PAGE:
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When artists and art students fall for printmaking, they fall hard. This love of print takes many forms, just as there are many different printing techniques, but it’s often ascribed to the alluring tension between hand-craftedness and device-assisted processes.

Artists are attracted to the expressive potential of drawing or painting or cutting on a surface and also to the suspenseful steps of using a press or another printing apparatus to turn their original surface into a print or two or eight.

This ability to create multiples is often part of the love. Printmaking can feel more democratic, less precious, than creating an individual painting or sculpture.

“Ink This!” — a striking exhibition of Northwest print arts at the Tacoma Art Museum — captures the unique characteristics and quixotic variations of printmaking. There are linocuts, letterpress prints, accordion books, posters, collages and installations. There’s even a zoetrope by Susan Lowdermilk that you can spin, sending her prints of rocking horses into motion.

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Frank Janzen creates monotypes (single prints) with smoke on paper. Kathleen Rabel creates bold, loosely structured images out of a combination of etching, woodcut and chine collé, a term that I’ve seen awkwardly translated as “tissue pasted” or “Chinese paper glued” and which involves bonding thin paper to the base surface during the printing pull.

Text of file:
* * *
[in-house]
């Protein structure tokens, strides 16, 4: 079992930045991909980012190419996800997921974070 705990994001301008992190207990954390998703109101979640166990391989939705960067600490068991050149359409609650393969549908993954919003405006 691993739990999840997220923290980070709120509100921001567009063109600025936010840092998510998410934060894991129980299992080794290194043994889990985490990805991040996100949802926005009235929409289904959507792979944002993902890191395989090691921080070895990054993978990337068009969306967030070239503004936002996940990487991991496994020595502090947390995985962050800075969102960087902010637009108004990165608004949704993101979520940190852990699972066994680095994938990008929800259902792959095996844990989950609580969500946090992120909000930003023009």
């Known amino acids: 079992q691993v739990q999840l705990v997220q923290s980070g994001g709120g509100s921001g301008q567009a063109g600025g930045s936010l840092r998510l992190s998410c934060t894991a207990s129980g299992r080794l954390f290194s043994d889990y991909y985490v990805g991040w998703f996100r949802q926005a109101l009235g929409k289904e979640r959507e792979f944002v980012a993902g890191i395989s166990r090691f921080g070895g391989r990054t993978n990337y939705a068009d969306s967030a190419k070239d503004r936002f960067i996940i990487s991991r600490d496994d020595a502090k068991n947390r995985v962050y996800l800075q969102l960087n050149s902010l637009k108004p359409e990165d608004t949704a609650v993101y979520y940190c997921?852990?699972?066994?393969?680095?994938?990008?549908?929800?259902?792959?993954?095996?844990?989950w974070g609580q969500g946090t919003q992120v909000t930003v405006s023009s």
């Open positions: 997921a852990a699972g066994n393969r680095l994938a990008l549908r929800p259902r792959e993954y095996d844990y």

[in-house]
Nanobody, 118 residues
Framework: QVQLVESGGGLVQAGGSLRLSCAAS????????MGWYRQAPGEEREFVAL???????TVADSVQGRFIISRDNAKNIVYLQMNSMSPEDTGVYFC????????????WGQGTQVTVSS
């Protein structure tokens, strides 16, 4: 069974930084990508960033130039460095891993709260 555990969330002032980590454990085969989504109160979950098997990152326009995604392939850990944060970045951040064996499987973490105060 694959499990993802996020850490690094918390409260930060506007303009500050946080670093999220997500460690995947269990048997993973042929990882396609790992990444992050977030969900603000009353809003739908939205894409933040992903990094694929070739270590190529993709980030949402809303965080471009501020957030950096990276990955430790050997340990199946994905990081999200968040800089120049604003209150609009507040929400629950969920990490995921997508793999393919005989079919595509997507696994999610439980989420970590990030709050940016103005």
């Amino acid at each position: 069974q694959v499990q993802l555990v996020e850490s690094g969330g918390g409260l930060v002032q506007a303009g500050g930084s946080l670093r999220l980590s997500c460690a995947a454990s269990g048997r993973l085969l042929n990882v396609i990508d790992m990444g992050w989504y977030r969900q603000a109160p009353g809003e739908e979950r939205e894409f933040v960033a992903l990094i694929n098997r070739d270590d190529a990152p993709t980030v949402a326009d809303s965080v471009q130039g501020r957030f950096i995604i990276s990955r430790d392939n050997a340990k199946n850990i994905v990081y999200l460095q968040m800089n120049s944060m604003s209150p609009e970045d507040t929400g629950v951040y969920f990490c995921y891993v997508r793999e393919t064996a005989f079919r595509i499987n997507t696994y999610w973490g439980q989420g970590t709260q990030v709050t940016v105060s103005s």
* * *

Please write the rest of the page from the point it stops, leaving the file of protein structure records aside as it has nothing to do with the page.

Print can be both high-tech and low-tech. It’s a traditional medium that lures many artists into deep immersion in craft, while other artists enjoy tweaking or thwarting tradition. Several artists in the show exploit these contradictions.

The wall text that accompanies an untitled print by Robert C. Jones clearly explains his process of re-inking, rotating and rerunning a single plate. And then there’s a single, cheeky sentence: “This procedure is not recommended by master printers.”

Joe Feddersen’s relief print “Roll Call II” has a layered, expressive background that recalls the texture of baskets crafted by the Okanagan and Lakes people, Feddersen’s ancestors. But the texture is flattened out, and his figures look like traditional glyphs that have morphed into video-game characters. Feddersen lays out the changing cultural landscape through a fusion of tradition and technology.

Barb Tetenbaum and Julie Chen collaborated on a beautifully designed piece that draws on ideas of archiving and communication. The clever, interactive album with its midcentury modern graphics is so engaging, we want to connect with it, manipulate it. But, ultimately, it reveals a disconnect in communication. As the title “Glimpse” suggests, we only see fragments of the whole of people’s lives.

I suspect that print artists will get a lot out of this show. They’ll appreciate the varied forms, processes, inks and papers. The nods to tradition and the latest experiments. I love that the act of printing is emphasized in the museum’s object labels. Each one states where the print was made, at the artist’s studio, for example, or at one of the excellent art-printing shops in Oregon and Washington.

Because the museum promotes the show as a chance to learn about printmaking terms and processes, I would like to have seen this laid out more explicitly for the nonexpert. There is a handout with basic definitions, but perhaps some actual tools of the trade could have been included. Most people know what a paintbrush looks like. But how about a brayer, burnisher, dry point scriber or zinc plate? And it would have been fascinating to see some photos or videos of the artists at work.

But the exhibition does an excellent job of demonstrating the quality and variety of print arts in the Northwest and the distinctive blend of craft and concept that printmaking supports.

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